Growing Great Watermelons
The watermelon or Cucumis
melo/Citrullus lanatus is always a reminder of sunny days and picnics. The
picnic was either in the family backyard or at one of the Conservation areas
around Toronto. Watermelon was messy and best enjoyed
outdoors where we did not have to be concerned about making a mess of either
ourselves, or the area around us: we would be wearing bathing suits, because
swimming was also on the menu and outside. The seeds were part of the
experience. I try not to buy seedless fruit, they are not natural.
Watermelon demands full sun and warm weather. It is best ground in a well-drained soil and is fed with organic mater and that has a pH between 6.0 and 7.0.
It will need regular watering so pay attention if it is a dry season.
If you want an early crop, look for a variety that matures within 70 to 80 days and get them started indoors. Here with our short growing season, I usually do not plant any heat loving crops (tomatoes, peppers, for example) outside until around June 15, so I start them indoors about four to five weeks before that date.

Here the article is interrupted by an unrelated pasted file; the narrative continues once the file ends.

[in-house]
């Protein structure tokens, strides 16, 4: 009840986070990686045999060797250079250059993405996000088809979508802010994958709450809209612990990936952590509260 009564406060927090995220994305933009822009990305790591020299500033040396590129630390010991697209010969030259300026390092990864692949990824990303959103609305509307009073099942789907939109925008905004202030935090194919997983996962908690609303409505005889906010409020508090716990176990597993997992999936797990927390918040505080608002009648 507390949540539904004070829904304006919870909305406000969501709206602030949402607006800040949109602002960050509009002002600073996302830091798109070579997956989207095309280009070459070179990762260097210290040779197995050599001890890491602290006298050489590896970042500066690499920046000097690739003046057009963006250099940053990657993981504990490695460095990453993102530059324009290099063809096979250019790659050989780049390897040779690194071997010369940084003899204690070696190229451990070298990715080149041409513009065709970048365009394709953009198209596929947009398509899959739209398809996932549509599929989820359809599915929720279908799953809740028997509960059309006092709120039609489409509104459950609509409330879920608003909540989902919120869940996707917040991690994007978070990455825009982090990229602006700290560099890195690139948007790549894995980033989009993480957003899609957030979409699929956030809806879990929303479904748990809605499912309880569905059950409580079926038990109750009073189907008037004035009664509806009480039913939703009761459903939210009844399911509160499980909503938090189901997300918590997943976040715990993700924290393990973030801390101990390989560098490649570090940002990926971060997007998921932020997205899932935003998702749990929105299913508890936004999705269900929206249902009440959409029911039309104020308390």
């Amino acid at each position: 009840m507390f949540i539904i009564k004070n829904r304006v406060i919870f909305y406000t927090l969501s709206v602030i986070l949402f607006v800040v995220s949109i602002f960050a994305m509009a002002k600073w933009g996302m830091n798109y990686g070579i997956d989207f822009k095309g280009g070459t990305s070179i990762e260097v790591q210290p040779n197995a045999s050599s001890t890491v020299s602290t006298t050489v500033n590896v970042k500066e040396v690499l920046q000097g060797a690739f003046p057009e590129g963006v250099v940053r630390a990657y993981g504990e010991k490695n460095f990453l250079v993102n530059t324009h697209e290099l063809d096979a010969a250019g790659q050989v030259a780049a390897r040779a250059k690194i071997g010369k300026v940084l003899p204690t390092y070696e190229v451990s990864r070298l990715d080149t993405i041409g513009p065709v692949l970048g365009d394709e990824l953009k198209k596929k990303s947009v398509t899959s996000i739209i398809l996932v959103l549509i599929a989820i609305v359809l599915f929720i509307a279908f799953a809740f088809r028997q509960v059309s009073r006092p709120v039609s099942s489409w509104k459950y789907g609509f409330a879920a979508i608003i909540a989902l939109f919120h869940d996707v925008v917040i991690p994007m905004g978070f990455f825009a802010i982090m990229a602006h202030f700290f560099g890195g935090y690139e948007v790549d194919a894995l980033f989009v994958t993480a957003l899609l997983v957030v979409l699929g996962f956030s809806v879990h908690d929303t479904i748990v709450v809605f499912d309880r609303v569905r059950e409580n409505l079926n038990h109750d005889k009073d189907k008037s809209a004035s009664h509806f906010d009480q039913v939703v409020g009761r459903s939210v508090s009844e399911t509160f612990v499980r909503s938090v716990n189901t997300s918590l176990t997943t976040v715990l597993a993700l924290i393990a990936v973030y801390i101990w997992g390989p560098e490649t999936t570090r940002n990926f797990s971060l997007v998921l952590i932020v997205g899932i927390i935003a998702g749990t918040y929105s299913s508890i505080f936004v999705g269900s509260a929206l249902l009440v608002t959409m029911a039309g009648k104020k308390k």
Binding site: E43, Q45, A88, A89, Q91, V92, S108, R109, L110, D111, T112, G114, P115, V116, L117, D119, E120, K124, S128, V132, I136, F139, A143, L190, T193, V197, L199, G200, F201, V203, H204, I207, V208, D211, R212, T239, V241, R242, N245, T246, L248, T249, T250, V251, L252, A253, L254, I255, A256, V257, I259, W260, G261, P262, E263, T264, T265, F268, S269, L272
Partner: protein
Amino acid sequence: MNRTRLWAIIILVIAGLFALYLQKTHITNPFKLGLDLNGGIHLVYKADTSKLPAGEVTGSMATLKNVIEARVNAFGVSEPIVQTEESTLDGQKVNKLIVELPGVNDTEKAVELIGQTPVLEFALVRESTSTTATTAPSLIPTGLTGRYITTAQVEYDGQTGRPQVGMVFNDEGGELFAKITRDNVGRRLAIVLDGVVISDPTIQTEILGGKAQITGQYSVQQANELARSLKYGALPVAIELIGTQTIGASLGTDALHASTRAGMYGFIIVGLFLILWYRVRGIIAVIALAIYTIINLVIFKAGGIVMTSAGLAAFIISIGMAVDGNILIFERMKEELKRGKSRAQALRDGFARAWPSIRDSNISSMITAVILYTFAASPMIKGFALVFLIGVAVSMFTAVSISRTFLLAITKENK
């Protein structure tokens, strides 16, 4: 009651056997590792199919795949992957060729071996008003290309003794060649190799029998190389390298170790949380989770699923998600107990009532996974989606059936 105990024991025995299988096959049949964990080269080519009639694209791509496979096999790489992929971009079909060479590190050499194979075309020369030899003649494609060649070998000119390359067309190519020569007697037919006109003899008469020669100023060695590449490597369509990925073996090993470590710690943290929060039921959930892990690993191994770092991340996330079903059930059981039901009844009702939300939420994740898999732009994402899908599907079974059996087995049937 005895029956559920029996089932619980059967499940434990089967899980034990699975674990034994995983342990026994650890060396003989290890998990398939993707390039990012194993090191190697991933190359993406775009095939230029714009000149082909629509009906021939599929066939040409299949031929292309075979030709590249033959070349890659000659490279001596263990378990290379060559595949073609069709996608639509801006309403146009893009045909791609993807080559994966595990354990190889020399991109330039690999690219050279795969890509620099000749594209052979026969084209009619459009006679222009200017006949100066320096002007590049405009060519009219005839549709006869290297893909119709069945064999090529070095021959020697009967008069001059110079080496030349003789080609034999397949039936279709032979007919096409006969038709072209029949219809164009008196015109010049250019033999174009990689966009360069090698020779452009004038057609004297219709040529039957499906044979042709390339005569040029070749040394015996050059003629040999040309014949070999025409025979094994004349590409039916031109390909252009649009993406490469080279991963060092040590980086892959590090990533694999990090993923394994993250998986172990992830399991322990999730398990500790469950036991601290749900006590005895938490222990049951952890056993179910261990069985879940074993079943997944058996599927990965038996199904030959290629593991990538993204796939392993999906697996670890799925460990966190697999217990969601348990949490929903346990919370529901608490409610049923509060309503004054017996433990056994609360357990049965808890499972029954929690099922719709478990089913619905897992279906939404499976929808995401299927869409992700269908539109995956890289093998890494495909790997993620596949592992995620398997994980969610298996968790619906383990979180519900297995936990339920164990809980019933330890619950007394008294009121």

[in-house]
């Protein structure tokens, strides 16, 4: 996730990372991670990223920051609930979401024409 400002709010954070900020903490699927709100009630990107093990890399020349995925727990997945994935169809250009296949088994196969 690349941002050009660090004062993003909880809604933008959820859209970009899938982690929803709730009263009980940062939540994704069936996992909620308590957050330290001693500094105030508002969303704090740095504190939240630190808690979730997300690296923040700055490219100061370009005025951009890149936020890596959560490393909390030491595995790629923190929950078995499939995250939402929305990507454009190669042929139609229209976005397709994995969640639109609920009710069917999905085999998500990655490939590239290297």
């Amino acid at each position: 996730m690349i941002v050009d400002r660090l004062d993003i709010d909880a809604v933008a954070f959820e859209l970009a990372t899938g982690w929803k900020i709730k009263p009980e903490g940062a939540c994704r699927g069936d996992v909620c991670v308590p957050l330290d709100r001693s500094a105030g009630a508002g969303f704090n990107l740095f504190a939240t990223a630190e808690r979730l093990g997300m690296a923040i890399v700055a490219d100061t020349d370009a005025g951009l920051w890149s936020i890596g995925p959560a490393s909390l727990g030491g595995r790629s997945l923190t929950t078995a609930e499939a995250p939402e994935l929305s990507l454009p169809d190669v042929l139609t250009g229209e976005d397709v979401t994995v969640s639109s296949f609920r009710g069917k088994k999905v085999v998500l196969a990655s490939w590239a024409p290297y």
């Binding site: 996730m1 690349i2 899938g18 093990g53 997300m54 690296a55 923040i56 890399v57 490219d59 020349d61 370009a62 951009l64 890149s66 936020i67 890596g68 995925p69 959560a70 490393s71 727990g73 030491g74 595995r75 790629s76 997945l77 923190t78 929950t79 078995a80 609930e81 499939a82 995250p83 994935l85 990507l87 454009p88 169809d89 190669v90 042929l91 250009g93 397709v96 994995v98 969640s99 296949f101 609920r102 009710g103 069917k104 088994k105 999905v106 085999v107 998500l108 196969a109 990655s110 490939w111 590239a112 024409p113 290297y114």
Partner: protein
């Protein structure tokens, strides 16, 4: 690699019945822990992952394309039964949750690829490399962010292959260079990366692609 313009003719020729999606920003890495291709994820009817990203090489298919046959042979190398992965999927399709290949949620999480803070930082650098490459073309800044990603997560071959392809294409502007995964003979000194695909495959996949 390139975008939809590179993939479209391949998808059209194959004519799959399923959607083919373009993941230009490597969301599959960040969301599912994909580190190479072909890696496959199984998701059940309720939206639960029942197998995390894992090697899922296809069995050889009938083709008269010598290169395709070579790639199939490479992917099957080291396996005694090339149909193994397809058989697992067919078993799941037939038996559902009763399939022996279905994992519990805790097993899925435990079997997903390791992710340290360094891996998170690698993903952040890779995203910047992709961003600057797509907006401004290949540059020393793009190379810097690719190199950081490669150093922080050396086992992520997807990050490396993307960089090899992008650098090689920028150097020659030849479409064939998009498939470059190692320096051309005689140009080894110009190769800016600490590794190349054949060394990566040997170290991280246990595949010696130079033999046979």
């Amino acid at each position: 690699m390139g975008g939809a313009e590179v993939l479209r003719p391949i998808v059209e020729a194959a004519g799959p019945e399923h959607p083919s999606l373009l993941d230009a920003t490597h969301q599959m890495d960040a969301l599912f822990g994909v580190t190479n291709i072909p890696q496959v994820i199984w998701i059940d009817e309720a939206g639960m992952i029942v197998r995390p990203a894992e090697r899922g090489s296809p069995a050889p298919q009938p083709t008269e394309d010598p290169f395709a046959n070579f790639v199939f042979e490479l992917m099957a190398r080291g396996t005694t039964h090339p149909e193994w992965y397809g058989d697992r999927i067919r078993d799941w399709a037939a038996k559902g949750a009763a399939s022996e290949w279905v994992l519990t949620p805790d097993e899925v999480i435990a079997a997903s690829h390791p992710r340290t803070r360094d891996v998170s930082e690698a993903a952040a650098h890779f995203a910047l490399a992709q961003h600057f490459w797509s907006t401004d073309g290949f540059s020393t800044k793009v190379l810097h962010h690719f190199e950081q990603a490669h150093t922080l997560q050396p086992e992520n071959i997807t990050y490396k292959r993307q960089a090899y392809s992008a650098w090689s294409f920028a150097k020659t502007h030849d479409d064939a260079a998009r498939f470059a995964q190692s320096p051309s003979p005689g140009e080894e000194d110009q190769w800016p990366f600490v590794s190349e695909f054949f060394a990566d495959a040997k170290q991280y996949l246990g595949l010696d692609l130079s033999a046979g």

Spend time in your watermelon patch keeping an eye out for cucumber beetles which in small numbers can be picked off and disposed into a can of water or squished. Early intervention can prevent a full scale invasion.
When the danger of the last frost has passed it is time to move the watermelon plants outdoors. It is a good idea to have row covers handy just in case the nights, especially early and late in the season are anticipated to be cool.
If you plan to direct seed the watermelons into your garden the sow them rows and space properly or sow into mounded 1’x2’ hills, leaving 2 watermelon plants per hill, with hills spaced at 4-6’.
Watermelon is not only tasty and fun to eat but it is a good source of vitamin C. There are watermelon festivals in many counties in North America where among other events a giant watermelon contest is held. Special seeds are usually used to plant these monsters.
Watermelon is a seasonal vegetable and best enjoyed if grown and eaten or purchased from a grower near you. I find the ones in the grocery store are not only seedless but nearly tasteless as well. So grow your own or buy them in season direct from the grower.
- Bob's Guide to Organic Gardening
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